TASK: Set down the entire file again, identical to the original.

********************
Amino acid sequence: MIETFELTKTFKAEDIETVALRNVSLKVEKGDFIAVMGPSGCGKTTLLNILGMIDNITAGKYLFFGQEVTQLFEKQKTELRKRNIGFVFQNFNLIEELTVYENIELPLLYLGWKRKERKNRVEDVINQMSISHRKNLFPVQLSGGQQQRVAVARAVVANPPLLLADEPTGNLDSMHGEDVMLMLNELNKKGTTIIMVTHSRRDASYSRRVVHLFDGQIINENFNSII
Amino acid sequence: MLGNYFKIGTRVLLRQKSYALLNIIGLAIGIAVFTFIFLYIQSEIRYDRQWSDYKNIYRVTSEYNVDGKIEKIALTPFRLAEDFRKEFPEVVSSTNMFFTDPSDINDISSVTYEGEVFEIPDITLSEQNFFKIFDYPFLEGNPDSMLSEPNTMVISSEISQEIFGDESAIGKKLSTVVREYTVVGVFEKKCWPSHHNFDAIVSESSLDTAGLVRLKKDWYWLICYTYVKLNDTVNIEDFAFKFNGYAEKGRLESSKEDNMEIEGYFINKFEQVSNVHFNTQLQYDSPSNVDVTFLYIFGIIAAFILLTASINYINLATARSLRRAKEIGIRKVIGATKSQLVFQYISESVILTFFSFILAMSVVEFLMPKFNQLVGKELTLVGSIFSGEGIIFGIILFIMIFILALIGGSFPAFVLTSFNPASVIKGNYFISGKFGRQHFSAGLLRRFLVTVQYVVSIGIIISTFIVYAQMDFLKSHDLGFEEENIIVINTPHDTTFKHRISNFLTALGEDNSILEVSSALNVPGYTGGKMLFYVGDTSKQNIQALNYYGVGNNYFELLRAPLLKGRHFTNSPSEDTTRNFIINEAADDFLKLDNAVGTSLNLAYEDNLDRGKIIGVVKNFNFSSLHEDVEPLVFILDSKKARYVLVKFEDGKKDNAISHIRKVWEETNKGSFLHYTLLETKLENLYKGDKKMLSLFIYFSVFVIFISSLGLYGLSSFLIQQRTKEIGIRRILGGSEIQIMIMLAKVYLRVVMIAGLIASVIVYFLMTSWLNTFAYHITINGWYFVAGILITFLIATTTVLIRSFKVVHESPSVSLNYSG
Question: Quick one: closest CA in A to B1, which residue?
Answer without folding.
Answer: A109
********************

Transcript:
Amino acid sequence: MIETFELTKTFKAEDIETVALRNVSLKVEKGDFIAVMGPSGCGKTTLLNILGMIDNITAGKYLFFGQEVTQLFEKQKTELRKRNIGFVFQNFNLIEELTVYENIELPLLYLGWKRKERKNRVEDVINQMSISHRKNLFPVQLSGGQQQRVAVARAVVANPPLLLADEPTGNLDSMHGEDVMLMLNELNKKGTTIIMVTHSRRDASYSRRVVHLFDGQIINENFNSII
Amino acid sequence: MLGNYFKIGTRVLLRQKSYALLNIIGLAIGIAVFTFIFLYIQSEIRYDRQWSDYKNIYRVTSEYNVDGKIEKIALTPFRLAEDFRKEFPEVVSSTNMFFTDPSDINDISSVTYEGEVFEIPDITLSEQNFFKIFDYPFLEGNPDSMLSEPNTMVISSEISQEIFGDESAIGKKLSTVVREYTVVGVFEKKCWPSHHNFDAIVSESSLDTAGLVRLKKDWYWLICYTYVKLNDTVNIEDFAFKFNGYAEKGRLESSKEDNMEIEGYFINKFEQVSNVHFNTQLQYDSPSNVDVTFLYIFGIIAAFILLTASINYINLATARSLRRAKEIGIRKVIGATKSQLVFQYISESVILTFFSFILAMSVVEFLMPKFNQLVGKELTLVGSIFSGEGIIFGIILFIMIFILALIGGSFPAFVLTSFNPASVIKGNYFISGKFGRQHFSAGLLRRFLVTVQYVVSIGIIISTFIVYAQMDFLKSHDLGFEEENIIVINTPHDTTFKHRISNFLTALGEDNSILEVSSALNVPGYTGGKMLFYVGDTSKQNIQALNYYGVGNNYFELLRAPLLKGRHFTNSPSEDTTRNFIINEAADDFLKLDNAVGTSLNLAYEDNLDRGKIIGVVKNFNFSSLHEDVEPLVFILDSKKARYVLVKFEDGKKDNAISHIRKVWEETNKGSFLHYTLLETKLENLYKGDKKMLSLFIYFSVFVIFISSLGLYGLSSFLIQQRTKEIGIRRILGGSEIQIMIMLAKVYLRVVMIAGLIASVIVYFLMTSWLNTFAYHITINGWYFVAGILITFLIATTTVLIRSFKVVHESPSVSLNYSG
Question: Quick one: closest CA in A to B1, which residue?
Answer without folding.
Answer: A109